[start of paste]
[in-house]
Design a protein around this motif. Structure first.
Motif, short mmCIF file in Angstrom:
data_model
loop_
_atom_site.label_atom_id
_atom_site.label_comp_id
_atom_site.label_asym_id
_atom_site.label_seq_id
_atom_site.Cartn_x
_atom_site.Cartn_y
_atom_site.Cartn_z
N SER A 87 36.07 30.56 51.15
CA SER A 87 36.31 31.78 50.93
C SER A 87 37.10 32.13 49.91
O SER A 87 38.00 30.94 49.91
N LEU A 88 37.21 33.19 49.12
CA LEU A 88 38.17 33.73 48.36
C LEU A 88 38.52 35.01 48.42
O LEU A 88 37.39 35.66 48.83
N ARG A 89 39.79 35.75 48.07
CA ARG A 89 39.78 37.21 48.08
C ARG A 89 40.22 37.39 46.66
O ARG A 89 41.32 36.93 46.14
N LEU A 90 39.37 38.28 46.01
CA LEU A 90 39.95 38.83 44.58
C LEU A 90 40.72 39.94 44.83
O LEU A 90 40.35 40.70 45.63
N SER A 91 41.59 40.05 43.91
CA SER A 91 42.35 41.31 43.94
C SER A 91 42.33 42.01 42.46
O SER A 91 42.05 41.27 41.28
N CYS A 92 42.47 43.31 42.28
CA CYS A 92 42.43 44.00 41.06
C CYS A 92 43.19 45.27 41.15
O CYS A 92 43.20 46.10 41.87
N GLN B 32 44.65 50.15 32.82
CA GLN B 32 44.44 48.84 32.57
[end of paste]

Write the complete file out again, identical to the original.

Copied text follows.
[in-house]
Design a protein around this motif. Structure first.
Motif, short mmCIF file in Angstrom:
data_model
loop_
_atom_site.label_atom_id
_atom_site.label_comp_id
_atom_site.label_asym_id
_atom_site.label_seq_id
_atom_site.Cartn_x
_atom_site.Cartn_y
_atom_site.Cartn_z
N SER A 87 36.07 30.56 51.15
CA SER A 87 36.31 31.78 50.93
C SER A 87 37.10 32.13 49.91
O SER A 87 38.00 30.94 49.91
N LEU A 88 37.21 33.19 49.12
CA LEU A 88 38.17 33.73 48.36
C LEU A 88 38.52 35.01 48.42
O LEU A 88 37.39 35.66 48.83
N ARG A 89 39.79 35.75 48.07
CA ARG A 89 39.78 37.21 48.08
C ARG A 89 40.22 37.39 46.66
O ARG A 89 41.32 36.93 46.14
N LEU A 90 39.37 38.28 46.01
CA LEU A 90 39.95 38.83 44.58
C LEU A 90 40.72 39.94 44.83
O LEU A 90 40.35 40.70 45.63
N SER A 91 41.59 40.05 43.91
CA SER A 91 42.35 41.31 43.94
C SER A 91 42.33 42.01 42.46
O SER A 91 42.05 41.27 41.28
N CYS A 92 42.47 43.31 42.28
CA CYS A 92 42.43 44.00 41.06
C CYS A 92 43.19 45.27 41.15
O CYS A 92 43.20 46.10 41.87
N GLN B 32 44.65 50.15 32.82
CA GLN B 32 44.44 48.84 32.57